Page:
Clifford Geertz, Negara: The Theatre-State in Nineteen Century Bali (1981), Introduction and Conclusion.

Summary: Geertz is constructing the political system of the Negara, which is lost to us.  Using an ethnographic approach, he demonstrates that the Negara was a distinct variety of political order, one in which status, pomp and governance are blazoned. ‘What our concept of public power obscures, that of the Balinese exposes – and vice versa.’ Essentially, Geertz is demonstrating how much can be gleaned from an ethnographic cultural understanding that is missed if we bring our assumptions about the roles of institutions to the case. He demonstrates that in the Balinese case, the closer one moved towards imaging power, the more one tended to distance oneself from the machinery controlling it – the character of lower level politics was patronage politics, while higher levels were theater – the importance of display and the semiotics of power. The Negara was a structure of action, but also a structure of thought – it was a constellation of ideas.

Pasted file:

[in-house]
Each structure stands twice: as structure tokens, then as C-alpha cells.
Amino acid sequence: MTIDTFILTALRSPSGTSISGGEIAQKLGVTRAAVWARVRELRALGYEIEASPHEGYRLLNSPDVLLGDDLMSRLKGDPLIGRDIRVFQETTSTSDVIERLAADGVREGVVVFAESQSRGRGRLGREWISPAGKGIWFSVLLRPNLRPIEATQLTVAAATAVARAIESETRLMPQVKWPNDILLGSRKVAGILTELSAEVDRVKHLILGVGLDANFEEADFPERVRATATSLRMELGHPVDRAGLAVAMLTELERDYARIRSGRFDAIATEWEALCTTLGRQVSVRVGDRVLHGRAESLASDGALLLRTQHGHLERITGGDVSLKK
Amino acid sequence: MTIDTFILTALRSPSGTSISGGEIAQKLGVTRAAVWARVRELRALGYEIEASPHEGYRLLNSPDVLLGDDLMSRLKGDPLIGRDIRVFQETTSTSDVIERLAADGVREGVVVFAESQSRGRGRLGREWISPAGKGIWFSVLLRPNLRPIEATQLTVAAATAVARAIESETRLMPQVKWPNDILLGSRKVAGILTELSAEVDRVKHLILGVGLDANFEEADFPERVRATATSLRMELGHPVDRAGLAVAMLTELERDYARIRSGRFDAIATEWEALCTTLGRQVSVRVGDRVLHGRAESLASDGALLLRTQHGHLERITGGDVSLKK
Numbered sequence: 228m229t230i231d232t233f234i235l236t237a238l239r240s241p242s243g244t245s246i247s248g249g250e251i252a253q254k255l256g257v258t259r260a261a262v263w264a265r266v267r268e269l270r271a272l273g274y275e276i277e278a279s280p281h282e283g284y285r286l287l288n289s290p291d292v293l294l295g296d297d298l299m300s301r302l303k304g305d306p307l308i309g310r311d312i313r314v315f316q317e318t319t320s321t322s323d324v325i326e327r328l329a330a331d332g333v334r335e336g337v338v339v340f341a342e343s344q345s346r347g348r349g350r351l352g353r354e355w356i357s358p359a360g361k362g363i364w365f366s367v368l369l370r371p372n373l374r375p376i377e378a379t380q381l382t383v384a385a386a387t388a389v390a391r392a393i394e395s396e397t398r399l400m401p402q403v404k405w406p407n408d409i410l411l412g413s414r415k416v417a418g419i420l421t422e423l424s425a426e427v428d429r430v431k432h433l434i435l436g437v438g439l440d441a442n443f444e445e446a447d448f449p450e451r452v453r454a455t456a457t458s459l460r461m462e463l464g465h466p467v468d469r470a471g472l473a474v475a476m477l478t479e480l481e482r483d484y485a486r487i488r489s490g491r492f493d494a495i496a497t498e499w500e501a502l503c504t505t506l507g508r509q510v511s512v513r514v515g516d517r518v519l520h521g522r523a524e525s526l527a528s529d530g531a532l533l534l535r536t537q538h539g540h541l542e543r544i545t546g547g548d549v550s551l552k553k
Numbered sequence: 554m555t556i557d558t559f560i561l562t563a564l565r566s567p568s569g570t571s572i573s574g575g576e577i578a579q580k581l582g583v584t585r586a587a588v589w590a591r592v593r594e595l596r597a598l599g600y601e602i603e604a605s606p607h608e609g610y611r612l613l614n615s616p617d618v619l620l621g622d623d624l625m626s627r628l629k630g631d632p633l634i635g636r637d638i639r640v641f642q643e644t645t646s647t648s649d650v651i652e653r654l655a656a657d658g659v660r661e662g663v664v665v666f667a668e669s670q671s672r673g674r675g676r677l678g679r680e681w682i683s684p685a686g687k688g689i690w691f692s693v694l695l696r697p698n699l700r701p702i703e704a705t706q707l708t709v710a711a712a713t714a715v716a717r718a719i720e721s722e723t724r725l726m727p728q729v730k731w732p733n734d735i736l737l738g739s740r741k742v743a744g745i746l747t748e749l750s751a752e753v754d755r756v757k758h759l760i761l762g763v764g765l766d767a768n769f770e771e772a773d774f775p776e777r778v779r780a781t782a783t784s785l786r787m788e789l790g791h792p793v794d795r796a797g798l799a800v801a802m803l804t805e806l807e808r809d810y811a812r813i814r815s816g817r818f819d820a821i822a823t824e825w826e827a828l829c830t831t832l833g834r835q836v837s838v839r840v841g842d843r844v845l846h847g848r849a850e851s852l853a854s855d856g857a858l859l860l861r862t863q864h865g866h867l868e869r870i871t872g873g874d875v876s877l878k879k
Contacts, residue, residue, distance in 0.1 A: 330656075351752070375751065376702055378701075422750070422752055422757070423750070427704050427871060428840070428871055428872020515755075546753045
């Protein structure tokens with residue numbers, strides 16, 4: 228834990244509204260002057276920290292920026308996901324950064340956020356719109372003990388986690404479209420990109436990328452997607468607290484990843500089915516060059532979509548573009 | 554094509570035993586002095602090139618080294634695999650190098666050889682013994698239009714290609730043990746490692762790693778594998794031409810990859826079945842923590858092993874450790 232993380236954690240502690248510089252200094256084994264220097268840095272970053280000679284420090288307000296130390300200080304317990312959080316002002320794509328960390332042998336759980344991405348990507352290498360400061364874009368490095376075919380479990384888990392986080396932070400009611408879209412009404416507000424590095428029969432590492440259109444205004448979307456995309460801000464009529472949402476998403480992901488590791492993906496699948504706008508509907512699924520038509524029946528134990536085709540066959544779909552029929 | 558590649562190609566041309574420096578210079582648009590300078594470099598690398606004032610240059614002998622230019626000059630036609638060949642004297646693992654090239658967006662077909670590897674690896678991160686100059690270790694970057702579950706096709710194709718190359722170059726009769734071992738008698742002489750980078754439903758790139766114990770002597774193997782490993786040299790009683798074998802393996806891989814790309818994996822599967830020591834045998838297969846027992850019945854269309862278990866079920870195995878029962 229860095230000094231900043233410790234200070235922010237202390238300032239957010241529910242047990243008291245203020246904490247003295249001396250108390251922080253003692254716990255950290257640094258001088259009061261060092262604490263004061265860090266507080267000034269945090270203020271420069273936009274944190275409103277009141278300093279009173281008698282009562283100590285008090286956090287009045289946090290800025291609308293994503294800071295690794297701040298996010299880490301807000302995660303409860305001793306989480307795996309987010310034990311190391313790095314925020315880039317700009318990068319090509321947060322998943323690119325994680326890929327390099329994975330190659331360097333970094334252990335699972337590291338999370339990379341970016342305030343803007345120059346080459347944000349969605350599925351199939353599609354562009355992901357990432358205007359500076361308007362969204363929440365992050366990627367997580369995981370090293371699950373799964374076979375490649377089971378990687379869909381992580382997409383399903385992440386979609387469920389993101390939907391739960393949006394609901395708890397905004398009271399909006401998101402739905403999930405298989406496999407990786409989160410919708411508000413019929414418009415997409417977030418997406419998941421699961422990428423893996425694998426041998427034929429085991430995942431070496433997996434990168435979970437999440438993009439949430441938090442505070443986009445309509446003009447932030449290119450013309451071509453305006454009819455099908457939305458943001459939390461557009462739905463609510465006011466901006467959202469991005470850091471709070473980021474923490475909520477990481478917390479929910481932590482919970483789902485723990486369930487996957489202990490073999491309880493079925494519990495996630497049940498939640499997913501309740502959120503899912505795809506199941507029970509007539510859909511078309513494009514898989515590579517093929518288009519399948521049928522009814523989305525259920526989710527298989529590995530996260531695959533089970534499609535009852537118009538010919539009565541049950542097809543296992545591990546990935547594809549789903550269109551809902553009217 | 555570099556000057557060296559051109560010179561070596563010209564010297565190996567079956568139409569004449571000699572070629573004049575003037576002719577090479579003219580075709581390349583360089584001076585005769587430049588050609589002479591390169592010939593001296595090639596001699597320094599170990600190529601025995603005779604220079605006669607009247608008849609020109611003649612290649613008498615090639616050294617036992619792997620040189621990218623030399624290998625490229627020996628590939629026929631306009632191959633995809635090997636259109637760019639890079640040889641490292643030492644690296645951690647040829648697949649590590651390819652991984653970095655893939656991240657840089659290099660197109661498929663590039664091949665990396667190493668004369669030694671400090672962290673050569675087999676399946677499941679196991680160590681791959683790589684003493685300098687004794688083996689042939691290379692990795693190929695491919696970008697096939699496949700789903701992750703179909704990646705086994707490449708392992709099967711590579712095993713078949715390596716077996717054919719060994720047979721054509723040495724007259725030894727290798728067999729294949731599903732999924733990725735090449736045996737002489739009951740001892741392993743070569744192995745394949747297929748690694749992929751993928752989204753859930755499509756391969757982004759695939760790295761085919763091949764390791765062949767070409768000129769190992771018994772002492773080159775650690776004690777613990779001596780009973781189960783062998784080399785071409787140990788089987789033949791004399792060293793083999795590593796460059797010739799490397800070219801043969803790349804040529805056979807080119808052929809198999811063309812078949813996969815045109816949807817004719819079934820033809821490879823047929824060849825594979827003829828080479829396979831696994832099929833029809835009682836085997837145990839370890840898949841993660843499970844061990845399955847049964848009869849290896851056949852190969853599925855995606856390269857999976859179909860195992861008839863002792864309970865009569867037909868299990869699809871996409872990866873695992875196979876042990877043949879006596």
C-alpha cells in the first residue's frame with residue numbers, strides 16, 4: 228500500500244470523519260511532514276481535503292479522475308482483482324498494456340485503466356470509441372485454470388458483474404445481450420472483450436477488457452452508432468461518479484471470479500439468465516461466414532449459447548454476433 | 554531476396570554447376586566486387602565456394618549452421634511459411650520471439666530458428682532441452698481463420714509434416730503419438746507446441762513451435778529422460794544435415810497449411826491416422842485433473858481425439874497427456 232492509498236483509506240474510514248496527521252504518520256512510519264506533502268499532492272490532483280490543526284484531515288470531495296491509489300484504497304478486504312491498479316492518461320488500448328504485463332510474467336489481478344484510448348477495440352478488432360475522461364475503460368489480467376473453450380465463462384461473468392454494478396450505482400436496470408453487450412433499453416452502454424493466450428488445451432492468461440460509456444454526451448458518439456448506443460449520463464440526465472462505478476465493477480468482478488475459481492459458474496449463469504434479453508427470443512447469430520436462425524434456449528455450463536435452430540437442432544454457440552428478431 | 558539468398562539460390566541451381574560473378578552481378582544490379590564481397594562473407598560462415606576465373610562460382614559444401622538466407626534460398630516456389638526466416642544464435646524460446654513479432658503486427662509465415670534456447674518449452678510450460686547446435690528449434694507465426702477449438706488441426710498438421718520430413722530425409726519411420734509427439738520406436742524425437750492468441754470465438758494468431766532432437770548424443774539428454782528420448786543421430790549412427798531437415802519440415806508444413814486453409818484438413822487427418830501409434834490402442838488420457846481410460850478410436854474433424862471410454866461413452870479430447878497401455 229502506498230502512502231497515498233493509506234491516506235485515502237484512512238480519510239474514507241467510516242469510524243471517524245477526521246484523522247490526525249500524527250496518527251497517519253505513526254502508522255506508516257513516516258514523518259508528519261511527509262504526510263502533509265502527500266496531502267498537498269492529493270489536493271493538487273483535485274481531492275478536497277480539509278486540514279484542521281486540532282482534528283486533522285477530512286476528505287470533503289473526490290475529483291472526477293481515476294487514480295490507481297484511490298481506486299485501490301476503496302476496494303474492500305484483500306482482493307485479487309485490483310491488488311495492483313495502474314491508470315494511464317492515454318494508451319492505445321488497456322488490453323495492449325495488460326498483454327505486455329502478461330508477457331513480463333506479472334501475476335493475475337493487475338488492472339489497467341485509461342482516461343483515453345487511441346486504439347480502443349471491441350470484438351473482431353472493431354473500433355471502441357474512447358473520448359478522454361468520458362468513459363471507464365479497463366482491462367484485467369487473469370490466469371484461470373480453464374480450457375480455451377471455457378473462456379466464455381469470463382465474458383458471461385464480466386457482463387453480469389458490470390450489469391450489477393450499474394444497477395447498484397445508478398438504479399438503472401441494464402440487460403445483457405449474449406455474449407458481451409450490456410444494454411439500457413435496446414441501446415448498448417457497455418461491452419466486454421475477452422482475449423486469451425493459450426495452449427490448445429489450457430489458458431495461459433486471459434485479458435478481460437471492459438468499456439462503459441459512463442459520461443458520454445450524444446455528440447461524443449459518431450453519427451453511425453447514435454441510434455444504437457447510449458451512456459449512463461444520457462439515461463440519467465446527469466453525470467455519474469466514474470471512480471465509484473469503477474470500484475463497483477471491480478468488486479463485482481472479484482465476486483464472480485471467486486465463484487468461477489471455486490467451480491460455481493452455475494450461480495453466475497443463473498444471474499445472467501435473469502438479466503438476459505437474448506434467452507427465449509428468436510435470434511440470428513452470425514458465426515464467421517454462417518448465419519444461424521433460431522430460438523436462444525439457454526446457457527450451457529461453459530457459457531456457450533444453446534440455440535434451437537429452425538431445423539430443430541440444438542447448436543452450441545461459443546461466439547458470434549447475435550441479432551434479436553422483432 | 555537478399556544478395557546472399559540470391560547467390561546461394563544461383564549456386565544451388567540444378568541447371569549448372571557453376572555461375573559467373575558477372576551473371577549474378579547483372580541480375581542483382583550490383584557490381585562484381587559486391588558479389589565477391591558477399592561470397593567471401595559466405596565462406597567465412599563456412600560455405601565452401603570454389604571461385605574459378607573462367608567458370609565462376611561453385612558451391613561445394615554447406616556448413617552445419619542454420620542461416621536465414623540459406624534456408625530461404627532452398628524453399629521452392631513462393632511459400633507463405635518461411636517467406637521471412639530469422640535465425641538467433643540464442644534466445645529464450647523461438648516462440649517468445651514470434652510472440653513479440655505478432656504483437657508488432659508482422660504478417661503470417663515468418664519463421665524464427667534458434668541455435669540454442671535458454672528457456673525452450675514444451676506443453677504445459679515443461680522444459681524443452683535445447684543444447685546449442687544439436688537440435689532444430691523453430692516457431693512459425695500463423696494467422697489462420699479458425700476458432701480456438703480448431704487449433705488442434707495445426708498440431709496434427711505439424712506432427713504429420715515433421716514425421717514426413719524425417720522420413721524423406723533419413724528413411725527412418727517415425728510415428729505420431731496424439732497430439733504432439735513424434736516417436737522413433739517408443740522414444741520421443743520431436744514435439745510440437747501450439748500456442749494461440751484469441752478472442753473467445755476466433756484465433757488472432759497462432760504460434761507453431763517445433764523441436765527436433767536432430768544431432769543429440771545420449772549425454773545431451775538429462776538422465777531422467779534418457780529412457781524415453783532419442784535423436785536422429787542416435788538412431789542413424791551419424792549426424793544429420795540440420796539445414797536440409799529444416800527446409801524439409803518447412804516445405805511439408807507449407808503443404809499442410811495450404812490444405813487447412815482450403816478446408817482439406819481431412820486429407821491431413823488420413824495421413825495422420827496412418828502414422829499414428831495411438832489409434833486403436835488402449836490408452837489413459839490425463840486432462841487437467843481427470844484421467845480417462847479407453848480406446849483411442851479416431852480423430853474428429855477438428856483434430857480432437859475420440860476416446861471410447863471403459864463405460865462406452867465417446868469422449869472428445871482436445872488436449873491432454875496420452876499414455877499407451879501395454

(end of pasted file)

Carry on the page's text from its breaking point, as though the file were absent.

Methodology: Ethnography
Important Insight: Culture matters, wink vs. blink.  Systems of thought impact systems of rule, and vice versa